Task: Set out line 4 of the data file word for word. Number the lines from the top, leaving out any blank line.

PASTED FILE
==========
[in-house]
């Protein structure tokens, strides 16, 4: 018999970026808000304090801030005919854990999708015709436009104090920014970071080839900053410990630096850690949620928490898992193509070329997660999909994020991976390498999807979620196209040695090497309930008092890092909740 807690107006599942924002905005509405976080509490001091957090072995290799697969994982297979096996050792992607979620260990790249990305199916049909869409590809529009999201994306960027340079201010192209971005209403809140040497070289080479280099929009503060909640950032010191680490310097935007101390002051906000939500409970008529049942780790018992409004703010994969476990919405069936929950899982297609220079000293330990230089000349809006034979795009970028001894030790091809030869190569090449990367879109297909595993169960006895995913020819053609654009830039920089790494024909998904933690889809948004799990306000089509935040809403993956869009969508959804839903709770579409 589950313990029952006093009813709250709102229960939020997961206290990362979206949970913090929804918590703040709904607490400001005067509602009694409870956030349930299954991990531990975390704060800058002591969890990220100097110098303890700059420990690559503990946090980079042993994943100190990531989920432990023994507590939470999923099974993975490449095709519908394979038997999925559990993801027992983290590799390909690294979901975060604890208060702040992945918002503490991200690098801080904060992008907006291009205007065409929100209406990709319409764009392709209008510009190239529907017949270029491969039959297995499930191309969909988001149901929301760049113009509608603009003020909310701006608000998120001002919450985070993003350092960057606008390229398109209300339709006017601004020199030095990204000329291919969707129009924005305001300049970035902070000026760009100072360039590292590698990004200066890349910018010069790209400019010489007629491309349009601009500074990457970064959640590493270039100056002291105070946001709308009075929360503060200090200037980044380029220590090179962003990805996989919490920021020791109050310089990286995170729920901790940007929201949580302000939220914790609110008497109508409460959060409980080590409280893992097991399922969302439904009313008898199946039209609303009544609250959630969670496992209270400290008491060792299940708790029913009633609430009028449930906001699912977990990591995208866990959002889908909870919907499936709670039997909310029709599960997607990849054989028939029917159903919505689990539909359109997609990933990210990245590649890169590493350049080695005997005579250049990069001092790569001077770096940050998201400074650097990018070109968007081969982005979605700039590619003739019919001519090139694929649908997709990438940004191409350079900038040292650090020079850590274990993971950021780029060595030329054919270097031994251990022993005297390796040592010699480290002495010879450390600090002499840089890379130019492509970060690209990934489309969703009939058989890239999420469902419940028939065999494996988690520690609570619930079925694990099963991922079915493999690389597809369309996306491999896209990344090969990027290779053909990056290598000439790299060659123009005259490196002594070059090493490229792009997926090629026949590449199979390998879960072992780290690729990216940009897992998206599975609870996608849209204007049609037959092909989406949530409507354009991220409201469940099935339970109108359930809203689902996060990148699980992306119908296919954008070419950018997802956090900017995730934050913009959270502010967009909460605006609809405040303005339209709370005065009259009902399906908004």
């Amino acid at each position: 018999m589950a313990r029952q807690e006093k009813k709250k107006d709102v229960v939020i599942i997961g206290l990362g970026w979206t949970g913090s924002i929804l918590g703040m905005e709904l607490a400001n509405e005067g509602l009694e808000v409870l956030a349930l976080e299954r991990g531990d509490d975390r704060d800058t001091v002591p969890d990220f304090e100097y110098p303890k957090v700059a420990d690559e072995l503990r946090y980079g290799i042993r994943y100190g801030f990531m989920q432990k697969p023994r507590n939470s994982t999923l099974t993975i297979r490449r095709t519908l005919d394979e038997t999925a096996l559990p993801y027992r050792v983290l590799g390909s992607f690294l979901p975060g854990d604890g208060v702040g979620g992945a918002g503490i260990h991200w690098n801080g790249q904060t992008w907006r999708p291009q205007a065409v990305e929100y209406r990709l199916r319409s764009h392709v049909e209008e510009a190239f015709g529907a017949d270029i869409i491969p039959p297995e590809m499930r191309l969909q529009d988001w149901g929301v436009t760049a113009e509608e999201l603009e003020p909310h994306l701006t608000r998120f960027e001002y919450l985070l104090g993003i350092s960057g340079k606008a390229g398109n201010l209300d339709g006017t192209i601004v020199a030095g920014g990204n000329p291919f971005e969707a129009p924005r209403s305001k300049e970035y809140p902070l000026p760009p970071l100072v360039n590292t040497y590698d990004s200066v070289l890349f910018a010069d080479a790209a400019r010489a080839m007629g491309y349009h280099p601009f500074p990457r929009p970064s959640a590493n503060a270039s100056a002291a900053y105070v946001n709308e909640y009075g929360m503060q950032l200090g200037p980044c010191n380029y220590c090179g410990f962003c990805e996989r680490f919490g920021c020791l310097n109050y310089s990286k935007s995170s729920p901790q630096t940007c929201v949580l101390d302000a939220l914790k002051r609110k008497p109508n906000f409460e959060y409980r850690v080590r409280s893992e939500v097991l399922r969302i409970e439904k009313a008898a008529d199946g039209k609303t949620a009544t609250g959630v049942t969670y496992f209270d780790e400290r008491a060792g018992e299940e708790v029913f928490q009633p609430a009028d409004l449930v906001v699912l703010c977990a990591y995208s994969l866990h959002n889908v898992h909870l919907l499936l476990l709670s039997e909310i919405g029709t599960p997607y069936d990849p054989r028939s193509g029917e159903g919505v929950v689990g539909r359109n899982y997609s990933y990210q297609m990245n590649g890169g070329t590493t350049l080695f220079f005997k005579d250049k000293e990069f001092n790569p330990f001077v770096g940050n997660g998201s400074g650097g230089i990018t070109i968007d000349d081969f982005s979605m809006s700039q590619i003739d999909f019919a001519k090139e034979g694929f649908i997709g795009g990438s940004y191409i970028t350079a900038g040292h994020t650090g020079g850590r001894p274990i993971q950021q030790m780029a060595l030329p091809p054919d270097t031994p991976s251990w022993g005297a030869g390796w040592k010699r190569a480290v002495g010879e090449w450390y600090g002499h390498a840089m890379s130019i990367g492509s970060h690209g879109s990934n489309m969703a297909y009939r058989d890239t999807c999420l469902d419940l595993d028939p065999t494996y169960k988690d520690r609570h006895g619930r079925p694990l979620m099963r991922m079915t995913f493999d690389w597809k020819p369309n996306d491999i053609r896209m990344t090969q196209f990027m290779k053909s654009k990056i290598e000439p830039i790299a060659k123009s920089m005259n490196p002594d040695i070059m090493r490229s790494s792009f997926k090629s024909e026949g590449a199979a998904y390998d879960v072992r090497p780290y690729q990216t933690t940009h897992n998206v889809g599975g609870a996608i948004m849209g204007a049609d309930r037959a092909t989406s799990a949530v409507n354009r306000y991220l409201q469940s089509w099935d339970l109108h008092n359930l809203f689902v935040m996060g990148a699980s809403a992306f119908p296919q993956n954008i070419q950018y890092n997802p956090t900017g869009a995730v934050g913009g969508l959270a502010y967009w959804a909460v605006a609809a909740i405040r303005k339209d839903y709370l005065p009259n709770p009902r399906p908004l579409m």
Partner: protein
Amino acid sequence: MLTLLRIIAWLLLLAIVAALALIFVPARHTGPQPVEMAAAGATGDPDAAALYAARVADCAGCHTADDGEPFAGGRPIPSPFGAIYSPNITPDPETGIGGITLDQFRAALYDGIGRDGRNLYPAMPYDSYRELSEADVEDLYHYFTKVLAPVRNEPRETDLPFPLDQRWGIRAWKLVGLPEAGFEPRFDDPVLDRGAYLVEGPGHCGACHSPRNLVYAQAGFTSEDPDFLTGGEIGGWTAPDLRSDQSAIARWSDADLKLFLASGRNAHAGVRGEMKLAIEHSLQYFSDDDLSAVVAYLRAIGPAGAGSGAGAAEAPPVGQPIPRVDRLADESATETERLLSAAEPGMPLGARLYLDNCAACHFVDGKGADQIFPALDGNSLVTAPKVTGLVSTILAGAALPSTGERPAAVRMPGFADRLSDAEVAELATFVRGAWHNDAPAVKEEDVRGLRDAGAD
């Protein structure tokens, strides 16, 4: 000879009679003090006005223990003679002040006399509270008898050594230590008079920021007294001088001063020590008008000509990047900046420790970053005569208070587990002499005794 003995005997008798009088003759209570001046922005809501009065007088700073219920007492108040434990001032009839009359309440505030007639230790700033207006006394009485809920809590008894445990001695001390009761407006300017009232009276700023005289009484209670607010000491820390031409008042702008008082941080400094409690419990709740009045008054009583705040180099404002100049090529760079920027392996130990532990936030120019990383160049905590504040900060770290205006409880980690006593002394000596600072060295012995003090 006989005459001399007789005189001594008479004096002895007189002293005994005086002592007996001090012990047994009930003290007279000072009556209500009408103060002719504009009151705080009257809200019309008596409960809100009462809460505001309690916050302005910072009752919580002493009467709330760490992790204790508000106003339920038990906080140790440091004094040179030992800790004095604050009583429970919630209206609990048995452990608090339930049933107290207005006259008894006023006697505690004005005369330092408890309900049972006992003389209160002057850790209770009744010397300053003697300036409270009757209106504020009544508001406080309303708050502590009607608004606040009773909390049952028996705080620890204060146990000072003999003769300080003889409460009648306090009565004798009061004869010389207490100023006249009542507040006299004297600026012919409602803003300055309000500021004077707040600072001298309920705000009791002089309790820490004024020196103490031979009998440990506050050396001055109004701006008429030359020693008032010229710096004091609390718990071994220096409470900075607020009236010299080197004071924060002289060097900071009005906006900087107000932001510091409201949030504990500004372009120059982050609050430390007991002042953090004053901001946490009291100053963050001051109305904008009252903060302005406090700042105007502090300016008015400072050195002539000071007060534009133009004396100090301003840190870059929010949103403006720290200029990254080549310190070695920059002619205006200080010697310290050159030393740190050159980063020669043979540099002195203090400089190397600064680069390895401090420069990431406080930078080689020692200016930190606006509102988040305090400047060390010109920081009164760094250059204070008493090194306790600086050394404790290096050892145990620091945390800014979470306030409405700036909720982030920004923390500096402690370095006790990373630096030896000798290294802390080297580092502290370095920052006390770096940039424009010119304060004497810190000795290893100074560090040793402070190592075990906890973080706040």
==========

Partner: protein